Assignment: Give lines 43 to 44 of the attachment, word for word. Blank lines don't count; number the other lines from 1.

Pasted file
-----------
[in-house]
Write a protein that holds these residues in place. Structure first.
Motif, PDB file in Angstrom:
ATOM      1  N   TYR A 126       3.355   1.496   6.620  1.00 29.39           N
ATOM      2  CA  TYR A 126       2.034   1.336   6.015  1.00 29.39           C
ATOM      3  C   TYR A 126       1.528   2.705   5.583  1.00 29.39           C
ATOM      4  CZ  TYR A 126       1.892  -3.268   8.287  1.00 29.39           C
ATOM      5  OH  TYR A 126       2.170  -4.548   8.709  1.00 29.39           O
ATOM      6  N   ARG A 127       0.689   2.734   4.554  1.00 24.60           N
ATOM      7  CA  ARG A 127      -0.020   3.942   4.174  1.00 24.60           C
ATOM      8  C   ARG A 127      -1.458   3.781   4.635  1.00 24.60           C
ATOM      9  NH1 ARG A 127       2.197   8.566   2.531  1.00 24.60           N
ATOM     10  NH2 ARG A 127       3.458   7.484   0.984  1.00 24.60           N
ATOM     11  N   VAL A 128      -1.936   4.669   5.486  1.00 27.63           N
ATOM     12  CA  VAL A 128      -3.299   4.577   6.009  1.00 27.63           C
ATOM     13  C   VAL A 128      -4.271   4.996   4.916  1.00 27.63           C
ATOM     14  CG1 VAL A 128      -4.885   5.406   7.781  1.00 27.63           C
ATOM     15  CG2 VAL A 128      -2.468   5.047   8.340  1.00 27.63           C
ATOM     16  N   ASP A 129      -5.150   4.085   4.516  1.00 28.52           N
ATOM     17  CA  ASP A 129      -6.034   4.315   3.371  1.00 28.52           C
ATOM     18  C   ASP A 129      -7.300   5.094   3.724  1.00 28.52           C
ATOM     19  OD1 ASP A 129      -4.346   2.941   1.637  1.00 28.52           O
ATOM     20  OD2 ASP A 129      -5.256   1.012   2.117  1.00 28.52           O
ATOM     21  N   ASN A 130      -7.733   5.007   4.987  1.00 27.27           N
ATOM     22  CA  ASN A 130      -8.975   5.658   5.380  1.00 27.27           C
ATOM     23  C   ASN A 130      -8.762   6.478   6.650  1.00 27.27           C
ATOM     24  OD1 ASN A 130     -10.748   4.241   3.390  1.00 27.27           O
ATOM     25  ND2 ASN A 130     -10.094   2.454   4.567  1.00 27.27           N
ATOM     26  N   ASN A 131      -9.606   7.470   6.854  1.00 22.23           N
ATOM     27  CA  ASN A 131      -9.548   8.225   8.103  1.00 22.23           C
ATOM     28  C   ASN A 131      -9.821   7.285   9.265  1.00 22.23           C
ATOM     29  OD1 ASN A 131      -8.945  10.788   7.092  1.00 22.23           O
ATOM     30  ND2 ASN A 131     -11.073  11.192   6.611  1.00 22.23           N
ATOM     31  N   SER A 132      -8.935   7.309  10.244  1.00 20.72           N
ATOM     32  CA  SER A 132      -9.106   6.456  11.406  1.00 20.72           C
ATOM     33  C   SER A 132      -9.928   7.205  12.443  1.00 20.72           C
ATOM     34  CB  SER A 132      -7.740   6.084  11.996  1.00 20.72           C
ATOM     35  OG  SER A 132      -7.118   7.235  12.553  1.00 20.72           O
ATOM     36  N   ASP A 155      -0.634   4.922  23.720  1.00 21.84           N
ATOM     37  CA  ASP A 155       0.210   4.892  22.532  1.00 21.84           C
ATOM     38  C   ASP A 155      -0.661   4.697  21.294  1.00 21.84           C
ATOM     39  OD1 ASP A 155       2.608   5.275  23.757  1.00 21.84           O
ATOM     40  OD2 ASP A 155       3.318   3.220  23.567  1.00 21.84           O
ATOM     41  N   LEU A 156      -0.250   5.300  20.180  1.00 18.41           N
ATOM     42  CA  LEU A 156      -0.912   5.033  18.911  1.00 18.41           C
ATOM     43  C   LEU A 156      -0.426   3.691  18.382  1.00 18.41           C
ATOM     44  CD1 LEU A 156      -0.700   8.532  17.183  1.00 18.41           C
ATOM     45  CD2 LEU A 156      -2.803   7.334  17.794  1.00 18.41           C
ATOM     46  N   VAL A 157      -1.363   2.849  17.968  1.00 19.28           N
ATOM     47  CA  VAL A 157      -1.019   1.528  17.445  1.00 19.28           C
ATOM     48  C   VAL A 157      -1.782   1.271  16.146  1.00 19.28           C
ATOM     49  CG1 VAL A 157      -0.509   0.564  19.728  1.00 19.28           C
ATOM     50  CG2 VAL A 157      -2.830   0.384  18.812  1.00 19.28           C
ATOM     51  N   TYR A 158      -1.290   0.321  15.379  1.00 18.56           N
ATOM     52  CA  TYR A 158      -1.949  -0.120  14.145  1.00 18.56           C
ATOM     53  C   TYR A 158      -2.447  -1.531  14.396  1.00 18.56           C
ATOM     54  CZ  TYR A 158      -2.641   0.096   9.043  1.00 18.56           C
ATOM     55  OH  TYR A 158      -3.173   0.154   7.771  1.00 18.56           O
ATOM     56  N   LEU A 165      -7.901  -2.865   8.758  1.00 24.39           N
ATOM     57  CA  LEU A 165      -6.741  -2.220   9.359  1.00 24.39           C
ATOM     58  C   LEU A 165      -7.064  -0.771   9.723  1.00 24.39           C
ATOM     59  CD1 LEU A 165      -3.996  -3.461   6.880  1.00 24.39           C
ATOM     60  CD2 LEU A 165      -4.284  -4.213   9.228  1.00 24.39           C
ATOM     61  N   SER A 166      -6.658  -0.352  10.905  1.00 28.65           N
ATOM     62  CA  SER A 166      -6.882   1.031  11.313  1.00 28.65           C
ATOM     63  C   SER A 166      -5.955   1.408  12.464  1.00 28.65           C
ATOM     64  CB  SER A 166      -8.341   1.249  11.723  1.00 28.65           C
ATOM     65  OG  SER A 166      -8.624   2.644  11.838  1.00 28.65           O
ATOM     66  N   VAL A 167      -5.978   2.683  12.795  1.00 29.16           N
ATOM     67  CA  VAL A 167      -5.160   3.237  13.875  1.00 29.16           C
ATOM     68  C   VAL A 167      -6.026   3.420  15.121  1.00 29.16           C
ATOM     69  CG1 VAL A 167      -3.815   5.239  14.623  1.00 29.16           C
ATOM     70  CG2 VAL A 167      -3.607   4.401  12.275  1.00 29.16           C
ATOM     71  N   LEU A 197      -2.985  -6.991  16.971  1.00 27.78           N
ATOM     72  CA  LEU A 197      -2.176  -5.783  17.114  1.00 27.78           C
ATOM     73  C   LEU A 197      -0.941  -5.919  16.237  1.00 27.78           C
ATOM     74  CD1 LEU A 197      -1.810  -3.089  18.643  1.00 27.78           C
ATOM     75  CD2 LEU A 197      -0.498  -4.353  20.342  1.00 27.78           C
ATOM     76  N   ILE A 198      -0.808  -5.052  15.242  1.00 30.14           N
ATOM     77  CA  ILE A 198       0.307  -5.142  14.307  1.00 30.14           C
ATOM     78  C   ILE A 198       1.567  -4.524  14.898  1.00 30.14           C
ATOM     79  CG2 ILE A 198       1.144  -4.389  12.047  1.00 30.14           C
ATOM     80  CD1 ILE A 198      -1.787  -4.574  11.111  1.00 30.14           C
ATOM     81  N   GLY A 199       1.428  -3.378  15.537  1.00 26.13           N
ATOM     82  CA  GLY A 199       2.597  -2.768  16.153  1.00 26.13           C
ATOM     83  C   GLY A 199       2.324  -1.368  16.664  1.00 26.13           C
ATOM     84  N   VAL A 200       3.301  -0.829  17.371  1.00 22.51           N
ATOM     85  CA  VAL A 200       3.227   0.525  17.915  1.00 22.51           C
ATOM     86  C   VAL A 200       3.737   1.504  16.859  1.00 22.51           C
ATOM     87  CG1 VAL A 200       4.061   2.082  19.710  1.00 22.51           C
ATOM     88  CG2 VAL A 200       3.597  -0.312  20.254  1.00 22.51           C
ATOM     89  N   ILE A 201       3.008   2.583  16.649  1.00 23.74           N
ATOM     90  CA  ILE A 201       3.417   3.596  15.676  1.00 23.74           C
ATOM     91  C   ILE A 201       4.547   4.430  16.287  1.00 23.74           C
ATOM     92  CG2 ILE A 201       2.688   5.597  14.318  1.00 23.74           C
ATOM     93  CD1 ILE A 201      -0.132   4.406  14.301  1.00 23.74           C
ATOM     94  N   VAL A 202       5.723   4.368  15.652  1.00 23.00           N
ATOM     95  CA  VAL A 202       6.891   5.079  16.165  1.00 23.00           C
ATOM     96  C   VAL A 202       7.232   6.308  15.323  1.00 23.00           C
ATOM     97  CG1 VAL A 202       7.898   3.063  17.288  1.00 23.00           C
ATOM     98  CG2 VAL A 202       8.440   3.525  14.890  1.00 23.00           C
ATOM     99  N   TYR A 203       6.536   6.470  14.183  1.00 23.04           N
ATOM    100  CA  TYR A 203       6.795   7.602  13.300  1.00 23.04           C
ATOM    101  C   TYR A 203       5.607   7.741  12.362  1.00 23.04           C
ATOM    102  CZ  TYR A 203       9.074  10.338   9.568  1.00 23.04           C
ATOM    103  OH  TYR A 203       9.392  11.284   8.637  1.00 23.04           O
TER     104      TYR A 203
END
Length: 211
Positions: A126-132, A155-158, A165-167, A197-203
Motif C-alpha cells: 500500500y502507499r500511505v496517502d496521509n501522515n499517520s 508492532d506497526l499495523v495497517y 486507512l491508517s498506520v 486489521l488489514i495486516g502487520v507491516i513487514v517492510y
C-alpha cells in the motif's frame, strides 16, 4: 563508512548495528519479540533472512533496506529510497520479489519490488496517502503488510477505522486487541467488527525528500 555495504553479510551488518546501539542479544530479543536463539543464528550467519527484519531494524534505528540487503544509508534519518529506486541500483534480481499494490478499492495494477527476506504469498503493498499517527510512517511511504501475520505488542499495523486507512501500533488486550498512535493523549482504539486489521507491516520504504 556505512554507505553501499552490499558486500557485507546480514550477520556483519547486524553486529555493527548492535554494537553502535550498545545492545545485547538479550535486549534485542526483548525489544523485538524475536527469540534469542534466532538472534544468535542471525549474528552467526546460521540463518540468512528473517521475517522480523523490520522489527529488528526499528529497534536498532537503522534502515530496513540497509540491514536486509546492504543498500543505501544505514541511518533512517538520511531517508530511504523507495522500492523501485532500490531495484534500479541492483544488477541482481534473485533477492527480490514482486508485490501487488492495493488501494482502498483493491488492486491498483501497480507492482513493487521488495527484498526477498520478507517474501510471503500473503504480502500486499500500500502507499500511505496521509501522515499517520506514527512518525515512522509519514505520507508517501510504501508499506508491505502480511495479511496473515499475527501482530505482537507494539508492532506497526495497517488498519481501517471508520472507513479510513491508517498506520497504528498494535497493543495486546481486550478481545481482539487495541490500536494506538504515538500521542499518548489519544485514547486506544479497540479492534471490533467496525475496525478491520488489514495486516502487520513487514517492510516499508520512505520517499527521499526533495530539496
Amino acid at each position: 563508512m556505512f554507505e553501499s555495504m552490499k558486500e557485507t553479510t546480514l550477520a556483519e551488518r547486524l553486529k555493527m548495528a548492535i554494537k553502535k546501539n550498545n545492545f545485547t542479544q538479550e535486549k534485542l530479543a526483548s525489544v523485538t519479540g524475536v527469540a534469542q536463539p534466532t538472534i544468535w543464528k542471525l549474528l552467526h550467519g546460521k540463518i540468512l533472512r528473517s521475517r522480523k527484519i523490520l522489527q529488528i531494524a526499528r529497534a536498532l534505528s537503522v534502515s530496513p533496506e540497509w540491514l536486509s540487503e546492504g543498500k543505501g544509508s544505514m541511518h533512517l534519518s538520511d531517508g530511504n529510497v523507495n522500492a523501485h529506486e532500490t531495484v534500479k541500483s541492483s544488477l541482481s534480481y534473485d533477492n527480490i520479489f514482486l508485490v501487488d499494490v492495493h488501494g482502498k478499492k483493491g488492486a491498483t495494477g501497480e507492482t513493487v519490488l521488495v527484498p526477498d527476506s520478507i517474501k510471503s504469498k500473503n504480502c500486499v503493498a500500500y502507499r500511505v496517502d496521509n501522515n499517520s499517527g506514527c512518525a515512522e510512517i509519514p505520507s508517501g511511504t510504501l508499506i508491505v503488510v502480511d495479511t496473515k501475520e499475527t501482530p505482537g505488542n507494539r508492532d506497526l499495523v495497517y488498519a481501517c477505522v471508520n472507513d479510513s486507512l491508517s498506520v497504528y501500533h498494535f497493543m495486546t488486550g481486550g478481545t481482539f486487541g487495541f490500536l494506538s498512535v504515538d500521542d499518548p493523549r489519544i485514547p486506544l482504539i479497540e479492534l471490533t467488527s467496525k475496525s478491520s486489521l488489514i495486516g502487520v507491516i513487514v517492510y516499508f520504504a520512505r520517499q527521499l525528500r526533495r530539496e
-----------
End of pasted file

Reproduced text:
ATOM     40  OD2 ASP A 155       3.318   3.220  23.567  1.00 21.84           O
ATOM     41  N   LEU A 156      -0.250   5.300  20.180  1.00 18.41           N